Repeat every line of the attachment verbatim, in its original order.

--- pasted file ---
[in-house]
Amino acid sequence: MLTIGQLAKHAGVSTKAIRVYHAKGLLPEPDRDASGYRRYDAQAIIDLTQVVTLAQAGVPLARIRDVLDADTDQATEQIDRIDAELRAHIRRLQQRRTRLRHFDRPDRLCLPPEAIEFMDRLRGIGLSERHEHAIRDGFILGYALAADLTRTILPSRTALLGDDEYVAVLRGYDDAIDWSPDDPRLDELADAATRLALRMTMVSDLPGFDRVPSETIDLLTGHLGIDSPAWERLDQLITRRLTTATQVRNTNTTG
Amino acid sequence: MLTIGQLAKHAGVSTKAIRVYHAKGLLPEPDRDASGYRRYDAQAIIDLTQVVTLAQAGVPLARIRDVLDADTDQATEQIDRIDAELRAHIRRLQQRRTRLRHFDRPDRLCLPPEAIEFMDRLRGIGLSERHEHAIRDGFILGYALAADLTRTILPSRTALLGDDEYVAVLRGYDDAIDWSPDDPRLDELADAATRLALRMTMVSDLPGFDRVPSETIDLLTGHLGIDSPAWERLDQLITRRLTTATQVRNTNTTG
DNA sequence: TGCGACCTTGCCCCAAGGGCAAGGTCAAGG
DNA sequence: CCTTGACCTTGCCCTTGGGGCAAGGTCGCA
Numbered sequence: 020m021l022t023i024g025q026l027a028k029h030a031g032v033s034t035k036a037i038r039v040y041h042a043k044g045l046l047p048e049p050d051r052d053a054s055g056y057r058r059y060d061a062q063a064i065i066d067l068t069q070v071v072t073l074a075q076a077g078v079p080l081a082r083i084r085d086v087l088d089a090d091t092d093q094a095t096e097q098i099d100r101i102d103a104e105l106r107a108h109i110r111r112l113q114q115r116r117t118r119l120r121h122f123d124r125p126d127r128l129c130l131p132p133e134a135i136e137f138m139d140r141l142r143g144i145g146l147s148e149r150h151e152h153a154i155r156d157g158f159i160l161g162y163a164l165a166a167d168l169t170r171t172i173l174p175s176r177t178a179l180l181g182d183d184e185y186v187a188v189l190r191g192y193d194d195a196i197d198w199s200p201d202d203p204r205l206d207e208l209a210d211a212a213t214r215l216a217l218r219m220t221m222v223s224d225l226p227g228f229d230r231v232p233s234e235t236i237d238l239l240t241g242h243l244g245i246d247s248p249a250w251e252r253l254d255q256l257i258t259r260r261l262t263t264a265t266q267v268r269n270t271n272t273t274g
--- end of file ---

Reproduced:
[in-house]
Amino acid sequence: MLTIGQLAKHAGVSTKAIRVYHAKGLLPEPDRDASGYRRYDAQAIIDLTQVVTLAQAGVPLARIRDVLDADTDQATEQIDRIDAELRAHIRRLQQRRTRLRHFDRPDRLCLPPEAIEFMDRLRGIGLSERHEHAIRDGFILGYALAADLTRTILPSRTALLGDDEYVAVLRGYDDAIDWSPDDPRLDELADAATRLALRMTMVSDLPGFDRVPSETIDLLTGHLGIDSPAWERLDQLITRRLTTATQVRNTNTTG
Amino acid sequence: MLTIGQLAKHAGVSTKAIRVYHAKGLLPEPDRDASGYRRYDAQAIIDLTQVVTLAQAGVPLARIRDVLDADTDQATEQIDRIDAELRAHIRRLQQRRTRLRHFDRPDRLCLPPEAIEFMDRLRGIGLSERHEHAIRDGFILGYALAADLTRTILPSRTALLGDDEYVAVLRGYDDAIDWSPDDPRLDELADAATRLALRMTMVSDLPGFDRVPSETIDLLTGHLGIDSPAWERLDQLITRRLTTATQVRNTNTTG
DNA sequence: TGCGACCTTGCCCCAAGGGCAAGGTCAAGG
DNA sequence: CCTTGACCTTGCCCTTGGGGCAAGGTCGCA
Numbered sequence: 020m021l022t023i024g025q026l027a028k029h030a031g032v033s034t035k036a037i038r039v040y041h042a043k044g045l046l047p048e049p050d051r052d053a054s055g056y057r058r059y060d061a062q063a064i065i066d067l068t069q070v071v072t073l074a075q076a077g078v079p080l081a082r083i084r085d086v087l088d089a090d091t092d093q094a095t096e097q098i099d100r101i102d103a104e105l106r107a108h109i110r111r112l113q114q115r116r117t118r119l120r121h122f123d124r125p126d127r128l129c130l131p132p133e134a135i136e137f138m139d140r141l142r143g144i145g146l147s148e149r150h151e152h153a154i155r156d157g158f159i160l161g162y163a164l165a166a167d168l169t170r171t172i173l174p175s176r177t178a179l180l181g182d183d184e185y186v187a188v189l190r191g192y193d194d195a196i197d198w199s200p201d202d203p204r205l206d207e208l209a210d211a212a213t214r215l216a217l218r219m220t221m222v223s224d225l226p227g228f229d230r231v232p233s234e235t236i237d238l239l240t241g242h243l244g245i246d247s248p249a250w251e252r253l254d255q256l257i258t259r260r261l262t263t264a265t266q267v268r269n270t271n272t273t274g